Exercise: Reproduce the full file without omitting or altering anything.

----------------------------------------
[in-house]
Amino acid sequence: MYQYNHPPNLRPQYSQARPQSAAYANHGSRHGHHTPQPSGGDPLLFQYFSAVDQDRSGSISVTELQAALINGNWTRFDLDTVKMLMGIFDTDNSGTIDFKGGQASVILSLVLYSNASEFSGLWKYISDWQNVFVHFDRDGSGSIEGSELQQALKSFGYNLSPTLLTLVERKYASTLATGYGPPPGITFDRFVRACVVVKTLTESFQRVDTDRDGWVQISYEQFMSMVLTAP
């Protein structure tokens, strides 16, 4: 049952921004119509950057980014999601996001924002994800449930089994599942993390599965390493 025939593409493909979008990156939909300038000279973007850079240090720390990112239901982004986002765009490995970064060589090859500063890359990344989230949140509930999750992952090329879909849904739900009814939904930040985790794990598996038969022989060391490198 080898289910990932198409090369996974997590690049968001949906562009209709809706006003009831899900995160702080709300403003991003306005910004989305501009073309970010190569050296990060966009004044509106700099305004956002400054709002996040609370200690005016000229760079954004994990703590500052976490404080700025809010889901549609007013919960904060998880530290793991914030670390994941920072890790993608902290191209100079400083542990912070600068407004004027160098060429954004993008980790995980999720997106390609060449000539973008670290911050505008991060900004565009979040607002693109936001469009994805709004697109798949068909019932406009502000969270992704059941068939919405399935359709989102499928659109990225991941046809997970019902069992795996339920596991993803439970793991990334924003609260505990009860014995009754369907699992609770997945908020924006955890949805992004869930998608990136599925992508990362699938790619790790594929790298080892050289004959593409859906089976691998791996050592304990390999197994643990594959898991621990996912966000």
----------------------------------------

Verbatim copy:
[in-house]
Amino acid sequence: MYQYNHPPNLRPQYSQARPQSAAYANHGSRHGHHTPQPSGGDPLLFQYFSAVDQDRSGSISVTELQAALINGNWTRFDLDTVKMLMGIFDTDNSGTIDFKGGQASVILSLVLYSNASEFSGLWKYISDWQNVFVHFDRDGSGSIEGSELQQALKSFGYNLSPTLLTLVERKYASTLATGYGPPPGITFDRFVRACVVVKTLTESFQRVDTDRDGWVQISYEQFMSMVLTAP
């Protein structure tokens, strides 16, 4: 049952921004119509950057980014999601996001924002994800449930089994599942993390599965390493 025939593409493909979008990156939909300038000279973007850079240090720390990112239901982004986002765009490995970064060589090859500063890359990344989230949140509930999750992952090329879909849904739900009814939904930040985790794990598996038969022989060391490198 080898289910990932198409090369996974997590690049968001949906562009209709809706006003009831899900995160702080709300403003991003306005910004989305501009073309970010190569050296990060966009004044509106700099305004956002400054709002996040609370200690005016000229760079954004994990703590500052976490404080700025809010889901549609007013919960904060998880530290793991914030670390994941920072890790993608902290191209100079400083542990912070600068407004004027160098060429954004993008980790995980999720997106390609060449000539973008670290911050505008991060900004565009979040607002693109936001469009994805709004697109798949068909019932406009502000969270992704059941068939919405399935359709989102499928659109990225991941046809997970019902069992795996339920596991993803439970793991990334924003609260505990009860014995009754369907699992609770997945908020924006955890949805992004869930998608990136599925992508990362699938790619790790594929790298080892050289004959593409859906089976691998791996050592304990390999197994643990594959898991621990996912966000």